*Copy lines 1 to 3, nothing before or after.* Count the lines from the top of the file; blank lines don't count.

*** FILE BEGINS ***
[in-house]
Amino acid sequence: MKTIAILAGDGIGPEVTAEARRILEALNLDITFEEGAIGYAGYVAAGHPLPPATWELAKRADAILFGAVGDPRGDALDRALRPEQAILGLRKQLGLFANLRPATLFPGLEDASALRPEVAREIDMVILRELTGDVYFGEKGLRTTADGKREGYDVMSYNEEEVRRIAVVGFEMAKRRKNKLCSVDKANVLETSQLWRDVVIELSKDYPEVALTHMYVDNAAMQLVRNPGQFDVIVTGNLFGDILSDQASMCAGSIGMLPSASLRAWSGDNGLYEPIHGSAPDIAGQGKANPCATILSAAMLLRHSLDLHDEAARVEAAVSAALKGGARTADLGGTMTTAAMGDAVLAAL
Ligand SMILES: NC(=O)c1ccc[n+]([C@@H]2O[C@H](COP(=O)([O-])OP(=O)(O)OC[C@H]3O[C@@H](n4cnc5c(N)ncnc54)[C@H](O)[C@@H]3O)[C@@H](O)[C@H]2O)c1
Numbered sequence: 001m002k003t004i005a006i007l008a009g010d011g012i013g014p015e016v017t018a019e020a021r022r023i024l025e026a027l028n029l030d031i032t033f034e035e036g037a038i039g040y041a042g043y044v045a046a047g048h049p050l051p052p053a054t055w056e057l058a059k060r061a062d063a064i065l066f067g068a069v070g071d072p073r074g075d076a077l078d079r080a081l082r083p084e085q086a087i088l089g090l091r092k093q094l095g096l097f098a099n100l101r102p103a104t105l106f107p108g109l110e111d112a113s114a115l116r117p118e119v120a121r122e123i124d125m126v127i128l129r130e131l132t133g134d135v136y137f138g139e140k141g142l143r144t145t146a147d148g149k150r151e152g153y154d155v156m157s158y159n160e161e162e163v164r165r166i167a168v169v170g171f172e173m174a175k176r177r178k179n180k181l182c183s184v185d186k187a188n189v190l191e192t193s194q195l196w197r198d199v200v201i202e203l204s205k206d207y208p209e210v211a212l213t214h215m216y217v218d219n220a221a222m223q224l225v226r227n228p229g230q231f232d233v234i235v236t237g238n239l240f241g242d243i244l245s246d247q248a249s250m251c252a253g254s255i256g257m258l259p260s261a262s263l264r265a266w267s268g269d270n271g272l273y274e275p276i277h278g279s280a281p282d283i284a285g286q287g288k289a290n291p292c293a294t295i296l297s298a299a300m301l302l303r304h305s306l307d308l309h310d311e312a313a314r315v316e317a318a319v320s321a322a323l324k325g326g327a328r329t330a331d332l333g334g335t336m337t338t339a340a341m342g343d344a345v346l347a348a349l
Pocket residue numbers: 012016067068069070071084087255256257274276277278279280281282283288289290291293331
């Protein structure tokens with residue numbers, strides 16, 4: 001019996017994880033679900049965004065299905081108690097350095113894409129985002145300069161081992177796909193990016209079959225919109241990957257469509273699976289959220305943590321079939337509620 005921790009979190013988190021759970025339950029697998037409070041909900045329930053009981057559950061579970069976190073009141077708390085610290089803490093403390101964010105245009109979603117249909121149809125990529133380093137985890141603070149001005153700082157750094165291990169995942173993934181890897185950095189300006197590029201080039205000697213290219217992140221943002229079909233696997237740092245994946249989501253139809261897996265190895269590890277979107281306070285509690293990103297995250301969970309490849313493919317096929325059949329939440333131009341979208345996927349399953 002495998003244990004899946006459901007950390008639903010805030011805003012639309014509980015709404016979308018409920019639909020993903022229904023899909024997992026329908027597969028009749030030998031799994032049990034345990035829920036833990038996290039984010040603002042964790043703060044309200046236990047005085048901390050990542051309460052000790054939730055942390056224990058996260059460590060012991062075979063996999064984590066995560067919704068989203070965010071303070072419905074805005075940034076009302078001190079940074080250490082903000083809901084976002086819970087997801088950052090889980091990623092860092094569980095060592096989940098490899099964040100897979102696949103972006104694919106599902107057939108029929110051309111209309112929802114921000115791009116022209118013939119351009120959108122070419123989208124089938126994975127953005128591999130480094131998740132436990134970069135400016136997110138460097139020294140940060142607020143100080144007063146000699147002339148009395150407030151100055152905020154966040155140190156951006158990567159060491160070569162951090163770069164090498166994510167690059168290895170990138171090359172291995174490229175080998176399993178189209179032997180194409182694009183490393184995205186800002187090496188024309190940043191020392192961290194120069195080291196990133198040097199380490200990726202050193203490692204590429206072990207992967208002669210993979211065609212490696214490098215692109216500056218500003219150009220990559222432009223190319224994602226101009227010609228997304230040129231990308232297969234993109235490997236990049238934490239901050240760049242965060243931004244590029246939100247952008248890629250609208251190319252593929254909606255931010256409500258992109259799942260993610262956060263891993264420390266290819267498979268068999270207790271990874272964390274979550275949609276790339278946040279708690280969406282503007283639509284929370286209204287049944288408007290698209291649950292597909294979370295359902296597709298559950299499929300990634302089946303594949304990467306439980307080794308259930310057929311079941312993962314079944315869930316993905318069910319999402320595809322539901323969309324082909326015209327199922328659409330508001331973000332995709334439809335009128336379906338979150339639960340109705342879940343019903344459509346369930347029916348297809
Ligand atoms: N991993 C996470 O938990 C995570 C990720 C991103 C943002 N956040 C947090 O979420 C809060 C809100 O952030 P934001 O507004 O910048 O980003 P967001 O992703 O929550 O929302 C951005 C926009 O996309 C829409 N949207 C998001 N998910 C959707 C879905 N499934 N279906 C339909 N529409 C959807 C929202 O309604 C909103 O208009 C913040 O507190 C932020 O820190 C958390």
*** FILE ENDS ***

[in-house]
Amino acid sequence: MKTIAILAGDGIGPEVTAEARRILEALNLDITFEEGAIGYAGYVAAGHPLPPATWELAKRADAILFGAVGDPRGDALDRALRPEQAILGLRKQLGLFANLRPATLFPGLEDASALRPEVAREIDMVILRELTGDVYFGEKGLRTTADGKREGYDVMSYNEEEVRRIAVVGFEMAKRRKNKLCSVDKANVLETSQLWRDVVIELSKDYPEVALTHMYVDNAAMQLVRNPGQFDVIVTGNLFGDILSDQASMCAGSIGMLPSASLRAWSGDNGLYEPIHGSAPDIAGQGKANPCATILSAAMLLRHSLDLHDEAARVEAAVSAALKGGARTADLGGTMTTAAMGDAVLAAL
Ligand SMILES: NC(=O)c1ccc[n+]([C@@H]2O[C@H](COP(=O)([O-])OP(=O)(O)OC[C@H]3O[C@@H](n4cnc5c(N)ncnc54)[C@H](O)[C@@H]3O)[C@@H](O)[C@H]2O)c1